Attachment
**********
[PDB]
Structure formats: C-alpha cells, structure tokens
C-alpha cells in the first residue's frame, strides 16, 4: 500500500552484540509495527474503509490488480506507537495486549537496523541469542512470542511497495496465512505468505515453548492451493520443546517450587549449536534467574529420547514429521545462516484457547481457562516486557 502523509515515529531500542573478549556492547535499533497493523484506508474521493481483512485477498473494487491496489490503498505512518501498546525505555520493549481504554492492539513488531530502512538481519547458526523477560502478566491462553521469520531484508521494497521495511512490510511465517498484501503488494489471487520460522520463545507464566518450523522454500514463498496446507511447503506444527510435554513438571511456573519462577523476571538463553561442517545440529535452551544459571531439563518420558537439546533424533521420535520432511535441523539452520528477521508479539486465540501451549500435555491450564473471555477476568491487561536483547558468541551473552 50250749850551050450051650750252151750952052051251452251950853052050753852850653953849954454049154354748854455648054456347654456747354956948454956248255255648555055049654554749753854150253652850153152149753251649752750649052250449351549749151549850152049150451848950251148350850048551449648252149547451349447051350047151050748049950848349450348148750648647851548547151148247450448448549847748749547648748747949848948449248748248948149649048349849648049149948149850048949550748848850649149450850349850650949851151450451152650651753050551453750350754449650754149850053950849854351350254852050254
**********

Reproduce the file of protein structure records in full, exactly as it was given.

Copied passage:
[PDB]
Structure formats: C-alpha cells, structure tokens
C-alpha cells in the first residue's frame, strides 16, 4: 500500500552484540509495527474503509490488480506507537495486549537496523541469542512470542511497495496465512505468505515453548492451493520443546517450587549449536534467574529420547514429521545462516484457547481457562516486557 502523509515515529531500542573478549556492547535499533497493523484506508474521493481483512485477498473494487491496489490503498505512518501498546525505555520493549481504554492492539513488531530502512538481519547458526523477560502478566491462553521469520531484508521494497521495511512490510511465517498484501503488494489471487520460522520463545507464566518450523522454500514463498496446507511447503506444527510435554513438571511456573519462577523476571538463553561442517545440529535452551544459571531439563518420558537439546533424533521420535520432511535441523539452520528477521508479539486465540501451549500435555491450564473471555477476568491487561536483547558468541551473552 50250749850551050450051650750252151750952052051251452251950853052050753852850653953849954454049154354748854455648054456347654456747354956948454956248255255648555055049654554749753854150253652850153152149753251649752750649052250449351549749151549850152049150451848950251148350850048551449648252149547451349447051350047151050748049950848349450348148750648647851548547151148247450448448549847748749547648748747949848948449248748248948149649048349849648049149948149850048949550748848850649149450850349850650949851151450451152650651753050551453750350754449650754149850053950849854351350254852050254